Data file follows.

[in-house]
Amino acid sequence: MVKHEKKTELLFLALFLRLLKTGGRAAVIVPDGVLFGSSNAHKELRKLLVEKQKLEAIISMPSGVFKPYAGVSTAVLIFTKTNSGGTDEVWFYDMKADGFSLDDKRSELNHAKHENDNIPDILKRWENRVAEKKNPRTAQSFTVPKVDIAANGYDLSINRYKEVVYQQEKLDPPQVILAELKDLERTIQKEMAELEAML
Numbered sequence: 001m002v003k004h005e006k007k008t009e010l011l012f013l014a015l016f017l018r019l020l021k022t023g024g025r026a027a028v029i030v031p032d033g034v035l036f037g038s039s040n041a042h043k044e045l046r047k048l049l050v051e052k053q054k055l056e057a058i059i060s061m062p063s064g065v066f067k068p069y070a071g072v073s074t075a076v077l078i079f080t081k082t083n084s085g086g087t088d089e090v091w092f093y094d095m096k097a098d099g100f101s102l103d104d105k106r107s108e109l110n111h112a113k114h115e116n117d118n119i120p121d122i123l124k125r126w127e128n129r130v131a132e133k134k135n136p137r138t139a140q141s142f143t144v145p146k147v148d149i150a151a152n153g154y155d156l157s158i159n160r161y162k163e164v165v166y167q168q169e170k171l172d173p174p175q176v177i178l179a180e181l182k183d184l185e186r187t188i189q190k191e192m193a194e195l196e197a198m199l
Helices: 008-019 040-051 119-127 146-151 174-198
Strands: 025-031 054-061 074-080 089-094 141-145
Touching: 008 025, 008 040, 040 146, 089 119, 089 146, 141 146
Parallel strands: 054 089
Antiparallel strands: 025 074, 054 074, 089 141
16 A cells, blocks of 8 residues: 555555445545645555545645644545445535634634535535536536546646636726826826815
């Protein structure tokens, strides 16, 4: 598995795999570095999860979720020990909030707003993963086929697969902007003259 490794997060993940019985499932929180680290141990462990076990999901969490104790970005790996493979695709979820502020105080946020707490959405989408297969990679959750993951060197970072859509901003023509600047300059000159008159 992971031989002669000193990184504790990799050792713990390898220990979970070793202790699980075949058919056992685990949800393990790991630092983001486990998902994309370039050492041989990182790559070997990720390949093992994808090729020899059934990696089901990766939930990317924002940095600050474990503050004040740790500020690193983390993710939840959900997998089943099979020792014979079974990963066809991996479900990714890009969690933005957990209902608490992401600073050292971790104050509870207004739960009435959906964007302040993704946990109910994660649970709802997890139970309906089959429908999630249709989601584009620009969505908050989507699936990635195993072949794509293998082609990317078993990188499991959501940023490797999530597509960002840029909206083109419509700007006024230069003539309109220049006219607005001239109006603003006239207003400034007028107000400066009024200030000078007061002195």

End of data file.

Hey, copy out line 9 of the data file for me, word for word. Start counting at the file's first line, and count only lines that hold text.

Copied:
16 A cells, blocks of 8 residues: 555555445545645555545645644545445535634634535535536536546646636726826826815